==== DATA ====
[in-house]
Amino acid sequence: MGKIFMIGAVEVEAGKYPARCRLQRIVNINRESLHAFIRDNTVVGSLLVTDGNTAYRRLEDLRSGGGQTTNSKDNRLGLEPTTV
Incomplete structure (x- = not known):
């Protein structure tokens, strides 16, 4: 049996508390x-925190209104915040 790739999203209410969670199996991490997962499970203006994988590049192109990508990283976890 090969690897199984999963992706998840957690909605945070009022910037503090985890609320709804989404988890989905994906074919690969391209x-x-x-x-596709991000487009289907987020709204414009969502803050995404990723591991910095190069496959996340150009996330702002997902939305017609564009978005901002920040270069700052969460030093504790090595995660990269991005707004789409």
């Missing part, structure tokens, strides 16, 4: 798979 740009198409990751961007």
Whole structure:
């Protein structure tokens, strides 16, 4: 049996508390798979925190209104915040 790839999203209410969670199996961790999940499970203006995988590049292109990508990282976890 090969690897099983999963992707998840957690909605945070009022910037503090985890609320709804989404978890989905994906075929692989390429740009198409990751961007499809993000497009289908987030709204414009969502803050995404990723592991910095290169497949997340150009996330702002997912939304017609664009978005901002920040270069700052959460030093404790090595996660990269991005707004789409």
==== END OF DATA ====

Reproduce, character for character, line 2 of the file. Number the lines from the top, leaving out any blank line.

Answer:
Amino acid sequence: MGKIFMIGAVEVEAGKYPARCRLQRIVNINRESLHAFIRDNTVVGSLLVTDGNTAYRRLEDLRSGGGQTTNSKDNRLGLEPTTV